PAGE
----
Discussion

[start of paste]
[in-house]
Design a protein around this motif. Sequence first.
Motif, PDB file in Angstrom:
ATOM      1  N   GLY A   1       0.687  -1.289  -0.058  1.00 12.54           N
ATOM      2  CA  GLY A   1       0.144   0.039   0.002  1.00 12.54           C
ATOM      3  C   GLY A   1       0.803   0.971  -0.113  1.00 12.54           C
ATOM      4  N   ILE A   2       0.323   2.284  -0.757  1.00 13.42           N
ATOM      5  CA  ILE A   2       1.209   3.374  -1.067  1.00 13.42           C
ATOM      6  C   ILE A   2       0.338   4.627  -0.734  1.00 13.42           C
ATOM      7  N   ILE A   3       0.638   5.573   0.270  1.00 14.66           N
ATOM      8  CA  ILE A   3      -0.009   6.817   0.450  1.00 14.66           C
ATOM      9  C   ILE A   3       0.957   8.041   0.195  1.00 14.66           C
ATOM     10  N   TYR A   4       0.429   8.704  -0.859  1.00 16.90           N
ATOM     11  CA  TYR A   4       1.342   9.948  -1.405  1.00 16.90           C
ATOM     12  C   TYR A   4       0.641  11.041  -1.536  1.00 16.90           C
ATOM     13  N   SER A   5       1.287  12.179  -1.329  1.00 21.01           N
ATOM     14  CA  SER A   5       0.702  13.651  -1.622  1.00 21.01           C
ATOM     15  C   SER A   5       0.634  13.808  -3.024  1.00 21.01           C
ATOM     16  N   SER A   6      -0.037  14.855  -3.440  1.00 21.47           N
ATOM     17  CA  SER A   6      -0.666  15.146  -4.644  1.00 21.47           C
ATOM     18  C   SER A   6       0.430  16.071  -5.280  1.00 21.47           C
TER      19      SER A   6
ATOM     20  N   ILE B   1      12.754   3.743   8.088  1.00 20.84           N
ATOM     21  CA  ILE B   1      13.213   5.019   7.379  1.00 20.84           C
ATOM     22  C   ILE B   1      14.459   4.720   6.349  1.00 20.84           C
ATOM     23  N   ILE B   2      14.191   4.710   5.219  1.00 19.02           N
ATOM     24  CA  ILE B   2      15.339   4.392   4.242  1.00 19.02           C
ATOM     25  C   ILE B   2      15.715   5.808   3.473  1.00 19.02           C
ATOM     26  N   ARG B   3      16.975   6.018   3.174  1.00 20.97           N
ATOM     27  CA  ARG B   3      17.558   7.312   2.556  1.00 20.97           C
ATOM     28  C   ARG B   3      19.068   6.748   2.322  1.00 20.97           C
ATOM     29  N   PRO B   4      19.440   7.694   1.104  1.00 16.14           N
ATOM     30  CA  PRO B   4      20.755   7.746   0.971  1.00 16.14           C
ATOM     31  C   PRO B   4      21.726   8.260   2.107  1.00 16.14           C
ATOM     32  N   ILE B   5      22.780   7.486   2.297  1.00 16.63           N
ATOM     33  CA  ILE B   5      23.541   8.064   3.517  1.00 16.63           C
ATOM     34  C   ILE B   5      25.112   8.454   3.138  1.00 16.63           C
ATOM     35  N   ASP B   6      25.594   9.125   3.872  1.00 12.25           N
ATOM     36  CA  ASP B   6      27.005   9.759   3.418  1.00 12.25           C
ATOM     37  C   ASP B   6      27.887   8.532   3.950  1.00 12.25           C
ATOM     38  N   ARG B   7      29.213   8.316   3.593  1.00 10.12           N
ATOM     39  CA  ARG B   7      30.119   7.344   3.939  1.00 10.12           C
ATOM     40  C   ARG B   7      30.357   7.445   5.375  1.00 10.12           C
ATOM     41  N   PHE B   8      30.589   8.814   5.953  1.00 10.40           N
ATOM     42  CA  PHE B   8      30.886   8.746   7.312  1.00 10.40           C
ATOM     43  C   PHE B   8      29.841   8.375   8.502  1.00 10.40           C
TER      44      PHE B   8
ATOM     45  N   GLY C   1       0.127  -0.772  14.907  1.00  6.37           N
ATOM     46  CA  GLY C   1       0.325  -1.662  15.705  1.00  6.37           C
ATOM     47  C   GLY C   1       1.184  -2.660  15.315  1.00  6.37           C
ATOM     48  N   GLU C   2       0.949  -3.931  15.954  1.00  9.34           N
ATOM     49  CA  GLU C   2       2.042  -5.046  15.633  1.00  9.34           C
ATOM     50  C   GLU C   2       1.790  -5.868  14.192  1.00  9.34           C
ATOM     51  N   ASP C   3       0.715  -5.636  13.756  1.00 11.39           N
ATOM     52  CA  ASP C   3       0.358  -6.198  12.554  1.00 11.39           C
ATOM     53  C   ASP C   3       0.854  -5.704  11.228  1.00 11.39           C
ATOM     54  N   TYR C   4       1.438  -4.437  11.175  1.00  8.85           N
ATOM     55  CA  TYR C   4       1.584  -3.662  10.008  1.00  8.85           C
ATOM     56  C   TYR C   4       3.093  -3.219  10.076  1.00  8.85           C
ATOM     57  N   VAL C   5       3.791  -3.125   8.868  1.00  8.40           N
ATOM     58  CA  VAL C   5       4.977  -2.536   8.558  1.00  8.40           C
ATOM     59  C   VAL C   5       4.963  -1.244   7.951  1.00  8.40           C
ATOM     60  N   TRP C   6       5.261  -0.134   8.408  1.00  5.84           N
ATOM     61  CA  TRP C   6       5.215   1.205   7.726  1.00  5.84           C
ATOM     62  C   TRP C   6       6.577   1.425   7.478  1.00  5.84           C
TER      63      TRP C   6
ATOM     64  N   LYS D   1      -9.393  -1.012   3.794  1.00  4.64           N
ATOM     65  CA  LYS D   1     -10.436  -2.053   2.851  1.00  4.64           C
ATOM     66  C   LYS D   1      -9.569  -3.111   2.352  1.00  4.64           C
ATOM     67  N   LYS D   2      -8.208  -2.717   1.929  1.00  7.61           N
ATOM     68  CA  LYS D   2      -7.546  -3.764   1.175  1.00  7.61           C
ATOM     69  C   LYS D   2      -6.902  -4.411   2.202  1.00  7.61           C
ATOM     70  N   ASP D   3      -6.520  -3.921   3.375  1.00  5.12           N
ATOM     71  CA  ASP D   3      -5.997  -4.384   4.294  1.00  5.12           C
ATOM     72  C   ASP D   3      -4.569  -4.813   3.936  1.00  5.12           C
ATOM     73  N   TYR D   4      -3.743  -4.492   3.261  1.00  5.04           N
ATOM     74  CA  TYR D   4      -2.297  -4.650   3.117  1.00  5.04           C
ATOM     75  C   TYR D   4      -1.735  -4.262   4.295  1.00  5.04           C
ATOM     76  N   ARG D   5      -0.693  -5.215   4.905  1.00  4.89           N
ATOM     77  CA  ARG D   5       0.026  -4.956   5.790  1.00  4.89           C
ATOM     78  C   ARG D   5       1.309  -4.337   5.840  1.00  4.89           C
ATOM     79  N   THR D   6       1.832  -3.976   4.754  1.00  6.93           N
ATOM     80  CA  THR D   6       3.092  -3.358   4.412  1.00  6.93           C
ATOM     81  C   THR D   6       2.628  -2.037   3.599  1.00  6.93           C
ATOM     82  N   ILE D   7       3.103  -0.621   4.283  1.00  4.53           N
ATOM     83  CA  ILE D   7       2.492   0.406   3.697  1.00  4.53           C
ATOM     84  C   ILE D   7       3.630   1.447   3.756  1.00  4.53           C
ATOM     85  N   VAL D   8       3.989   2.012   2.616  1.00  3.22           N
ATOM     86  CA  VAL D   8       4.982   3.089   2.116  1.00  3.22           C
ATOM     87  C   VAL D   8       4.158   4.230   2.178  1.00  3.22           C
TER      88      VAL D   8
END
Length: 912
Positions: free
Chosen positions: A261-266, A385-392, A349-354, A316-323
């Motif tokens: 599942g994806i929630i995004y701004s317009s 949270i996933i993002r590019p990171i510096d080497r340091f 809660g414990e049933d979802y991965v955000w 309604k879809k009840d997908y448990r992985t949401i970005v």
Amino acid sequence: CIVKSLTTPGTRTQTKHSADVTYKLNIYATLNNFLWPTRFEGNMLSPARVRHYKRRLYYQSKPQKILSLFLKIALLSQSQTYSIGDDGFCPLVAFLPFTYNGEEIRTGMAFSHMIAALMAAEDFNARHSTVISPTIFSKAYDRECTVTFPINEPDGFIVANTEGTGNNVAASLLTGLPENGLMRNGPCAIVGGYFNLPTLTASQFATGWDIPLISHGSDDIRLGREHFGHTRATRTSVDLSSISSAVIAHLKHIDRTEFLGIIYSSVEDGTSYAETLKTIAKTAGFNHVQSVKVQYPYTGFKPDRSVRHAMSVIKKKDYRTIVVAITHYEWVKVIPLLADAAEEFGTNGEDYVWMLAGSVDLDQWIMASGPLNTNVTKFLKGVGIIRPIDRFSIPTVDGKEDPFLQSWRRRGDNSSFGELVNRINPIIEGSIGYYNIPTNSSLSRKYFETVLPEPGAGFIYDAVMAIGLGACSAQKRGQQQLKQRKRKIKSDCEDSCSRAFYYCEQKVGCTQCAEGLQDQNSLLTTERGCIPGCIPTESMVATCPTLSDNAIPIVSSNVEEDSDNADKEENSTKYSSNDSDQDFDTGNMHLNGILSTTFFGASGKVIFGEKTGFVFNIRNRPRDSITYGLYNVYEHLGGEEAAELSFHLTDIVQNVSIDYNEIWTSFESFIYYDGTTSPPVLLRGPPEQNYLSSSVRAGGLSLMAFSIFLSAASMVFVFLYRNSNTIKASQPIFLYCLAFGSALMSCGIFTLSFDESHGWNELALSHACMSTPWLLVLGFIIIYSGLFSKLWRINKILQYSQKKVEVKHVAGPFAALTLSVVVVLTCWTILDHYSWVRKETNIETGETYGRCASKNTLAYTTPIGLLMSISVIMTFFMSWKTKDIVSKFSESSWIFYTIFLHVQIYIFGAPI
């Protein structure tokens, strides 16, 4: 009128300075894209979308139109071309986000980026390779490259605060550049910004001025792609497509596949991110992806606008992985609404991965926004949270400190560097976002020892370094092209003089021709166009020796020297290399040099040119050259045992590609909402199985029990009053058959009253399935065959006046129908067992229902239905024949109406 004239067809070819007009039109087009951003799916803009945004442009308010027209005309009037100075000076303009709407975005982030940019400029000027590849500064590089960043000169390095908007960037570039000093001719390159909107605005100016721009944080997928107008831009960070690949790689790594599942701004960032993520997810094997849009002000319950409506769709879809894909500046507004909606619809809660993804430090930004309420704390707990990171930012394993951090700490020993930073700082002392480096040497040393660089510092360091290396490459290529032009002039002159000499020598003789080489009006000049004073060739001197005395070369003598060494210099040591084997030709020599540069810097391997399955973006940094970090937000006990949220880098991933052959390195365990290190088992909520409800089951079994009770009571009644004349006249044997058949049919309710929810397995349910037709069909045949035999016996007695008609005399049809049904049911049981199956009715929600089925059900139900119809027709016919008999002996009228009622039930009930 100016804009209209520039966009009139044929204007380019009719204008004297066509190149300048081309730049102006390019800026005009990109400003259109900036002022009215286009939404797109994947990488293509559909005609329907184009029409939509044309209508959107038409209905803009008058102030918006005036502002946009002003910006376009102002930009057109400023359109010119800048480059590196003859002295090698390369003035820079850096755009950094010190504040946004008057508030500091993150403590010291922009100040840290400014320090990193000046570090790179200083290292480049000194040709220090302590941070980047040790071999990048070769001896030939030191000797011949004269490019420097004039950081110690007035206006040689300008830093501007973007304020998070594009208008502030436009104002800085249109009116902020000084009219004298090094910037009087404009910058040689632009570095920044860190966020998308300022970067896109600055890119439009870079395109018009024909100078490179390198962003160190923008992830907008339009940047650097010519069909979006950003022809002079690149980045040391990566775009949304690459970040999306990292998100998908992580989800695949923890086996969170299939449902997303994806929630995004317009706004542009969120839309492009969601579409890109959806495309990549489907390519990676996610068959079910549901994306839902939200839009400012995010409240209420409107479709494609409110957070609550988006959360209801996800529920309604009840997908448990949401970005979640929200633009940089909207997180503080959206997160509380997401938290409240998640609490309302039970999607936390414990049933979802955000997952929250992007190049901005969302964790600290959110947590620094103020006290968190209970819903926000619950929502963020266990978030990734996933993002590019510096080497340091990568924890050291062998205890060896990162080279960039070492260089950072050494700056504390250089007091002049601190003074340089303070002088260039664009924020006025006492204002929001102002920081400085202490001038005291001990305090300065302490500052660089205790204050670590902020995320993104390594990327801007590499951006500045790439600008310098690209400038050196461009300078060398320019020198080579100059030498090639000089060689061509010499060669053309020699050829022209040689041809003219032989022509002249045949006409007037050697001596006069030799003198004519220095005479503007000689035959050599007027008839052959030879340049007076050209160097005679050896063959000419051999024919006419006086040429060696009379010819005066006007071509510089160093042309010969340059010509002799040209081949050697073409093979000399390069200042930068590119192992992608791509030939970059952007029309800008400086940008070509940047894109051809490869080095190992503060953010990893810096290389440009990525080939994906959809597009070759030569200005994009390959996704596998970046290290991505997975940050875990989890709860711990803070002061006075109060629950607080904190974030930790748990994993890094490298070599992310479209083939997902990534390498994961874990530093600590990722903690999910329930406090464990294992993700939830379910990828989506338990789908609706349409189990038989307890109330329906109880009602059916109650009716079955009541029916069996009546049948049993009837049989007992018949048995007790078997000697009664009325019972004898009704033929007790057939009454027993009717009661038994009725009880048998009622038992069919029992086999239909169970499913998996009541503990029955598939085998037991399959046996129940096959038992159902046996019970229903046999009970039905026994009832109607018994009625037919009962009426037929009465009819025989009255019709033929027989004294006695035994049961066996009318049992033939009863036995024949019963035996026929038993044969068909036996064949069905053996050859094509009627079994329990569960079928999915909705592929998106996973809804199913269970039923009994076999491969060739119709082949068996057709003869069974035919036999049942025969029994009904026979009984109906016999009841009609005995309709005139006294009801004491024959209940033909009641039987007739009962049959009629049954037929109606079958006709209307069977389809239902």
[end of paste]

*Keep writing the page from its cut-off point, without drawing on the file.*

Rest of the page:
There is an urgent need for new anti-influenza drugs and the objective of this study was to identify novel inhibitors from an in-house database. After screening 20,800 structurally diverse compounds, we found that BPR1P0034 has potent inhibitory activity against influenza virus. This is the first compound ever identified and characterized from high throughput screening possessing sub-micromolar anti-influenza activity [16]. Pyrazole and its derivatives have been developed as antiviral compounds [21-24]. Two new class pyrazole compounds with improved stability were synthesized from aryl diketo acid which was a potent and selective inhibitor against HIV. Zeng et al, reported these compounds exhibited antiviral activity with IC50 below 10 μM [21]. Novel pyrazole compounds were developed via SAR study to inhibit West Nile virus and HSV-1 but the antiviral activity (IC50) never reached optimal level (sub-μM concentration) [22-24]. To the best of our knowledge, BPR1P0034 is the only pyrazole compound that possesses the best potent antiviral activity (sub-μM) thus far.